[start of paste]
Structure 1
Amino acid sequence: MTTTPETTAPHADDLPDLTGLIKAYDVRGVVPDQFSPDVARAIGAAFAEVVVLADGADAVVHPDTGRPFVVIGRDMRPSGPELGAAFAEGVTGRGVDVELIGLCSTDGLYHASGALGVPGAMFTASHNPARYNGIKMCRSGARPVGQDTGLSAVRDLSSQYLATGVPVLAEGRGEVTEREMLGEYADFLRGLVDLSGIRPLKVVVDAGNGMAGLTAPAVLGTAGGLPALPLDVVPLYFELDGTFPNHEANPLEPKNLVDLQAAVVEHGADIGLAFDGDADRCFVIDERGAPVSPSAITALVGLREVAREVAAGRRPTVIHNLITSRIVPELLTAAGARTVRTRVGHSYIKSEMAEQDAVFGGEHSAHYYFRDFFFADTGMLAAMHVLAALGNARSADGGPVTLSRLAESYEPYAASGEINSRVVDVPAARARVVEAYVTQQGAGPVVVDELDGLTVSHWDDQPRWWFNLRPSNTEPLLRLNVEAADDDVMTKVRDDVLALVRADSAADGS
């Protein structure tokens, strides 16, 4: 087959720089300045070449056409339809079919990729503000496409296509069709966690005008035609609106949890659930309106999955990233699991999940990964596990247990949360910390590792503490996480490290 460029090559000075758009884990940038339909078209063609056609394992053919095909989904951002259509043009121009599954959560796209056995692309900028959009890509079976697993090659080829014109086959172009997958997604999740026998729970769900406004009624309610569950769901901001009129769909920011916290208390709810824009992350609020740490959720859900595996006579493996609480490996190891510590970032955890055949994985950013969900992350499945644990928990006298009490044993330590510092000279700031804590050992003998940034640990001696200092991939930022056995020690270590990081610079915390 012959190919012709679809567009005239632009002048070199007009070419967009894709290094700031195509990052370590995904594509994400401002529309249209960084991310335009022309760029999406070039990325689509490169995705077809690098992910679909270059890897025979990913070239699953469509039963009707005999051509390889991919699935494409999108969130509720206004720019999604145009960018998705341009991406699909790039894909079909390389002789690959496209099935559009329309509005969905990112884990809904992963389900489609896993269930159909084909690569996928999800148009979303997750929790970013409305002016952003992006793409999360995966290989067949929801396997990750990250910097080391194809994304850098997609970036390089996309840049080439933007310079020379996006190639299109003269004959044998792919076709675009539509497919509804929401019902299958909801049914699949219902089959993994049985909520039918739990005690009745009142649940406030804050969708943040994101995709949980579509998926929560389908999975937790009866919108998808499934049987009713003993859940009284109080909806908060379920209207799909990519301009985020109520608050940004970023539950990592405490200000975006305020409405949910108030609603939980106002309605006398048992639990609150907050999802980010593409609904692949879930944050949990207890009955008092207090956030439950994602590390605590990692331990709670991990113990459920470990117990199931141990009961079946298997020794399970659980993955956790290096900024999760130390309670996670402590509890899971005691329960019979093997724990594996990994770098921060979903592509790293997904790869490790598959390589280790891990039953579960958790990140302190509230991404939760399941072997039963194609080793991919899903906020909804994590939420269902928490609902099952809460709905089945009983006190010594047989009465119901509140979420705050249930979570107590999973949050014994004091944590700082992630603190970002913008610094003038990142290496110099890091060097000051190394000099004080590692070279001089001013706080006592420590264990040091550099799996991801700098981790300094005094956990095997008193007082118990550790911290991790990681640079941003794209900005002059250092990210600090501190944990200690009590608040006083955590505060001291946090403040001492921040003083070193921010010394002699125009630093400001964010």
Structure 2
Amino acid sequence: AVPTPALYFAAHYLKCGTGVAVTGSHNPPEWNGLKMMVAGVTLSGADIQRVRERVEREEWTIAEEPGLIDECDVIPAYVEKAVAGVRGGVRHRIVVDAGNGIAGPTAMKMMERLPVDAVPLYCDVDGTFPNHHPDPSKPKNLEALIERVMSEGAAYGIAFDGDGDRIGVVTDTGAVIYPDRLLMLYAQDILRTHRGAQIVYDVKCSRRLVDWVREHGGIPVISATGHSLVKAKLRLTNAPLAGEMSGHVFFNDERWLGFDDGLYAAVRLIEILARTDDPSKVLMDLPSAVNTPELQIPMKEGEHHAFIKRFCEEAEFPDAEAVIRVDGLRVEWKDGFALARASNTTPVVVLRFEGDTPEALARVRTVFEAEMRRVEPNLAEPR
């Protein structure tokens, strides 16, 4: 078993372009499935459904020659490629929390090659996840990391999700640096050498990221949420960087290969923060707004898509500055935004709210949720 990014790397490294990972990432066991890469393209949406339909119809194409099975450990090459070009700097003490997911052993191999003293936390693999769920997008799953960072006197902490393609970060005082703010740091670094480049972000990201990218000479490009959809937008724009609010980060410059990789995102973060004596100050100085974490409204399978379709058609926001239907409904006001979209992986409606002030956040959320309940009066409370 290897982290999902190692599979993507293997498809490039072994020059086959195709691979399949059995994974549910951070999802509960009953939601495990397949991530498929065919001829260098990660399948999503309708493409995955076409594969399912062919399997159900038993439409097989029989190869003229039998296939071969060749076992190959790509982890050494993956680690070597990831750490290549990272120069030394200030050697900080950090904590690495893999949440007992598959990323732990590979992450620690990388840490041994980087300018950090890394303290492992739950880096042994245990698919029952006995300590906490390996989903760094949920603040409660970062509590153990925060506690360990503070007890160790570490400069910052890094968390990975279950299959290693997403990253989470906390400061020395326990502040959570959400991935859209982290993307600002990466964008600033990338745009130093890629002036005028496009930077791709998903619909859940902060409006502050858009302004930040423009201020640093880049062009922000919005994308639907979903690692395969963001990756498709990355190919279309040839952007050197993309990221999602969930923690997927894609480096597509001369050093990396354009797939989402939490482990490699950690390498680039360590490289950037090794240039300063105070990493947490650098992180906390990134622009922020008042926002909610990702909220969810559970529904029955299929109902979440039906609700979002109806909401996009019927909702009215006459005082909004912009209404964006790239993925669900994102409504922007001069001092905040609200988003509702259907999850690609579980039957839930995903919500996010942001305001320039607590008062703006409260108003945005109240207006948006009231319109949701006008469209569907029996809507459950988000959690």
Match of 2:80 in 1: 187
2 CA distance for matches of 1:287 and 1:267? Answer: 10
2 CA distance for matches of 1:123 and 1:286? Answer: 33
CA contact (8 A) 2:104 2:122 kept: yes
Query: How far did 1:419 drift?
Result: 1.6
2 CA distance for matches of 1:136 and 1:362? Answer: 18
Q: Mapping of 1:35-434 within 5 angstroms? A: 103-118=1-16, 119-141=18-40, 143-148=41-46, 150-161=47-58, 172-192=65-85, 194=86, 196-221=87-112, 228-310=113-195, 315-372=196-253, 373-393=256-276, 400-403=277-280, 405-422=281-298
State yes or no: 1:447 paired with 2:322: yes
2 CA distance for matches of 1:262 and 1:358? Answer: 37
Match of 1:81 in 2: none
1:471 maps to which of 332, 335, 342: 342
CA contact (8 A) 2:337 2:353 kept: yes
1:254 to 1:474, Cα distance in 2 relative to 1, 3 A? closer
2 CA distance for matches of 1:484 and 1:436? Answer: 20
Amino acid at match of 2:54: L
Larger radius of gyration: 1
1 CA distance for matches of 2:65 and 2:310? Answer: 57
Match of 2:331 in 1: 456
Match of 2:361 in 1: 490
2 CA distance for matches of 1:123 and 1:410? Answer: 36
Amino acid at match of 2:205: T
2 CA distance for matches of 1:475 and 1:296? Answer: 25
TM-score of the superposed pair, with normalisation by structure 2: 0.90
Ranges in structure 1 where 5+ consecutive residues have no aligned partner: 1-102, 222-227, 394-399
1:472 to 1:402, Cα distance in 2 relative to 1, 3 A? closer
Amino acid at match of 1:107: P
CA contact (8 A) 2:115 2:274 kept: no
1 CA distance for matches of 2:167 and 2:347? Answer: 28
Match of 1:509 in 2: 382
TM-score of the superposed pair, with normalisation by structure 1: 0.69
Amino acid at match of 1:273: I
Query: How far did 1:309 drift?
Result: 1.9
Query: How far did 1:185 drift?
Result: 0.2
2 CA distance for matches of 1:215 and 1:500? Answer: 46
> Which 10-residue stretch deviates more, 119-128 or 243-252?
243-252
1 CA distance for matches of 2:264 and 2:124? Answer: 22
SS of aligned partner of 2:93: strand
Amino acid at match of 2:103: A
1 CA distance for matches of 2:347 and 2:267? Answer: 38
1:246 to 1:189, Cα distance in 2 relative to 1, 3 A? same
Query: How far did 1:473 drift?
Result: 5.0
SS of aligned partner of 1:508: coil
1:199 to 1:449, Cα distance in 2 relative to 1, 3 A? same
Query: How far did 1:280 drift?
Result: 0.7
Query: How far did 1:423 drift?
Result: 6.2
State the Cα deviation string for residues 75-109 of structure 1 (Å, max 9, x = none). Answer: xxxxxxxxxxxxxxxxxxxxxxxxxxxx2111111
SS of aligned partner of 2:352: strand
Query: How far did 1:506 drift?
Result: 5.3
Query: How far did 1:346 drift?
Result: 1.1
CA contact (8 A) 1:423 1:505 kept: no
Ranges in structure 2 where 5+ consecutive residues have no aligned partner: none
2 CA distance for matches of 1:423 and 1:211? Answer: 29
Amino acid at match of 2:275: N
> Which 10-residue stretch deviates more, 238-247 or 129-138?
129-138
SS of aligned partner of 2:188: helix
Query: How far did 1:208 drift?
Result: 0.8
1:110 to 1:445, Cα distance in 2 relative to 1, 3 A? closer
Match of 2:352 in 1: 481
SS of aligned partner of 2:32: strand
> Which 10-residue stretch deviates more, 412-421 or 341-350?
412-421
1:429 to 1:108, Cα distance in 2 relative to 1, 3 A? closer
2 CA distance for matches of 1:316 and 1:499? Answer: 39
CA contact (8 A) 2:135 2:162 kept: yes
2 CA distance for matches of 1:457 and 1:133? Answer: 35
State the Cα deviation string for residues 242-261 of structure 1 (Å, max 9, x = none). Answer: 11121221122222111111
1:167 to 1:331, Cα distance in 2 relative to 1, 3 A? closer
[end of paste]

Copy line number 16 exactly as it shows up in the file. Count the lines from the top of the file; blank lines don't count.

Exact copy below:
2 CA distance for matches of 1:262 and 1:358? Answer: 37